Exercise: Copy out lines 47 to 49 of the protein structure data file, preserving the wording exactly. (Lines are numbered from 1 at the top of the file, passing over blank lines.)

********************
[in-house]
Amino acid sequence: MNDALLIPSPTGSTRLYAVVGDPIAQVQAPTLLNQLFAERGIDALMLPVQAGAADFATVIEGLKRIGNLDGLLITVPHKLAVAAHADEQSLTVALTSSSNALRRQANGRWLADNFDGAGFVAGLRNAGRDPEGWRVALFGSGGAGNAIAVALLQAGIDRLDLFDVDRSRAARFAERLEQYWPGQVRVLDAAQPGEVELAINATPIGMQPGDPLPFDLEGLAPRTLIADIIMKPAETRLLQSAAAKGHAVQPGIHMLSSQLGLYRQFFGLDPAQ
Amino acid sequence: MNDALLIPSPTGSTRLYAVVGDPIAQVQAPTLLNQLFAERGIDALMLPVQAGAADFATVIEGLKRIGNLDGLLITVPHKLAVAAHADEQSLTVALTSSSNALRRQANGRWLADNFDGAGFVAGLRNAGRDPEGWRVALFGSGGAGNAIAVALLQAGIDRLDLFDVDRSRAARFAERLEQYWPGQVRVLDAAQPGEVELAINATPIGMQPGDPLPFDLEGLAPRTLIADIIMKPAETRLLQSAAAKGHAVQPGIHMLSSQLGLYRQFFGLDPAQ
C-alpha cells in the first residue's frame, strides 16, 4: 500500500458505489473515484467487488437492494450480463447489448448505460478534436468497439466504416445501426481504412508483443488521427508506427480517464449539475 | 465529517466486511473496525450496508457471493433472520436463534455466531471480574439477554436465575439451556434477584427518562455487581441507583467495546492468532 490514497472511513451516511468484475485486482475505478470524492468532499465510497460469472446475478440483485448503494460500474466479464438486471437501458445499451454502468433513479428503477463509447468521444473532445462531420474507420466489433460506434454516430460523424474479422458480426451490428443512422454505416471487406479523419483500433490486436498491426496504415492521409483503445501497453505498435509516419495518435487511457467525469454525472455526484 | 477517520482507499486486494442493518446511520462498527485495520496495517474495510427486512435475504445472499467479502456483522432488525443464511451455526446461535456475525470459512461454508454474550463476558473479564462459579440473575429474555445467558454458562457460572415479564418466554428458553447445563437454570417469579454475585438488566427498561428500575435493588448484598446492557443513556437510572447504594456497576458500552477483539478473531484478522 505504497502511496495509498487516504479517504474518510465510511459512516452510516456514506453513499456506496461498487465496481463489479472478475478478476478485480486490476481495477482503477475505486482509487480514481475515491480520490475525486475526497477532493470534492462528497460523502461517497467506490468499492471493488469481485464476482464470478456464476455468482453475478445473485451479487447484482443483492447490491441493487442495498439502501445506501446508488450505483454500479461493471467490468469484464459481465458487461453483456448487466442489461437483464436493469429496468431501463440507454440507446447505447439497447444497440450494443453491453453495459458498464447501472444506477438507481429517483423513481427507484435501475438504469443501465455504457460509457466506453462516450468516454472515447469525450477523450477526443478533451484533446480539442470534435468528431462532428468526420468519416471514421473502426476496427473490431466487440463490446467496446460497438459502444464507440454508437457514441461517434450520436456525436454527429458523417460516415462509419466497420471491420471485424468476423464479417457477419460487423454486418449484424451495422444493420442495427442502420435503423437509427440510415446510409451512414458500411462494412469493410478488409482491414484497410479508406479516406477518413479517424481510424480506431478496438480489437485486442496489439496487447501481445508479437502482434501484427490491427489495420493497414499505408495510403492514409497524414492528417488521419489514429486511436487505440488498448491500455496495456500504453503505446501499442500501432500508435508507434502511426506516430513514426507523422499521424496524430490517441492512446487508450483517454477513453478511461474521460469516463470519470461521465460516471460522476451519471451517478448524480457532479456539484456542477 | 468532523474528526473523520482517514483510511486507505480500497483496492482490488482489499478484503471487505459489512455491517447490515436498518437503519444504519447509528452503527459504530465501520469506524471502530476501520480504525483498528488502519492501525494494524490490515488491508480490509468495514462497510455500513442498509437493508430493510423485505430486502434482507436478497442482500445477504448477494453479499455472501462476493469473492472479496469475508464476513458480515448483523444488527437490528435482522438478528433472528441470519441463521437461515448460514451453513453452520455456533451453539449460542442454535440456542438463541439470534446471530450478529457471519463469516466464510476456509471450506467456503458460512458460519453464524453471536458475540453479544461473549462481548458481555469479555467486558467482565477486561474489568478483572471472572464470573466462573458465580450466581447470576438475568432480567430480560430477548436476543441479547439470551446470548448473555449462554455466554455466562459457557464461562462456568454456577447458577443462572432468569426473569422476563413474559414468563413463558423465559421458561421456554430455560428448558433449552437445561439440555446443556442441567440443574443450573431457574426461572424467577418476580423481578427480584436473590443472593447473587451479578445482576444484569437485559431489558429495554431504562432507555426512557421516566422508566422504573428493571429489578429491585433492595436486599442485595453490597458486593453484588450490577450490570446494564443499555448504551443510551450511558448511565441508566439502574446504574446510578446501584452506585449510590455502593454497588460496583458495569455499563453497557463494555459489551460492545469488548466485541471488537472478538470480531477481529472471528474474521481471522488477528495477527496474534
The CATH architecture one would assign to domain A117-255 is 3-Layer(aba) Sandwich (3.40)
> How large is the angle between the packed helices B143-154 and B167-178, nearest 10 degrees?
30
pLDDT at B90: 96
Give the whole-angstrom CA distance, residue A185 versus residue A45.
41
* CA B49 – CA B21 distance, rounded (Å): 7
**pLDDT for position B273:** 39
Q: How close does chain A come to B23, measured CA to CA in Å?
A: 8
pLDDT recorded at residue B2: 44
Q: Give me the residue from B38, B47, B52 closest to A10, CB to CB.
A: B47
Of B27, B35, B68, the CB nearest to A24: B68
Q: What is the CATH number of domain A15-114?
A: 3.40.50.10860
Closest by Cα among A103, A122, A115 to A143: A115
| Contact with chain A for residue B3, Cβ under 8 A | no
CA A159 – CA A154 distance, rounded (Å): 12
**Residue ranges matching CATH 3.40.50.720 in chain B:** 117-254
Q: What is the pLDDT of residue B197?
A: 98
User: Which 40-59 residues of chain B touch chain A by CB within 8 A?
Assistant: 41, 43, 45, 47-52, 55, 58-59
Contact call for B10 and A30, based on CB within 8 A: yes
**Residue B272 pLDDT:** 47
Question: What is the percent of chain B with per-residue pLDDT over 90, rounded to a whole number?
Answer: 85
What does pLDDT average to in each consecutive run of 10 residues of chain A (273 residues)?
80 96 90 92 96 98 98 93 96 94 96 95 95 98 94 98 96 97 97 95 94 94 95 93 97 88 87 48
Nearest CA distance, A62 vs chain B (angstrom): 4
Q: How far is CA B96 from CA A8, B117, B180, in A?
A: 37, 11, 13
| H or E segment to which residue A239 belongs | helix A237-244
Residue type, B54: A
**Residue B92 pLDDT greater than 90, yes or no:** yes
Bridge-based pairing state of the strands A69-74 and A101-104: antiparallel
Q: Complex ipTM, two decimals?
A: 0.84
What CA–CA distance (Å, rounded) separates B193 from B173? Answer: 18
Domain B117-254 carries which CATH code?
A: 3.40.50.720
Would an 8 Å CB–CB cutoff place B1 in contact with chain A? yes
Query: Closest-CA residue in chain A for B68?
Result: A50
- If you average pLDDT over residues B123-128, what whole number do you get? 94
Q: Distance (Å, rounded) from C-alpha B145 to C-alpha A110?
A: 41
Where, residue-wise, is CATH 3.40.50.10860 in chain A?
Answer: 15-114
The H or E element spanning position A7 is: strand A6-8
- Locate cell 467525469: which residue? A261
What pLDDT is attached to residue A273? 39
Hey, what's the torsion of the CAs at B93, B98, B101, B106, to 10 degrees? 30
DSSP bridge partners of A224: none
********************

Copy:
Would an 8 Å CB–CB cutoff place B1 in contact with chain A? yes
Query: Closest-CA residue in chain A for B68?
Result: A50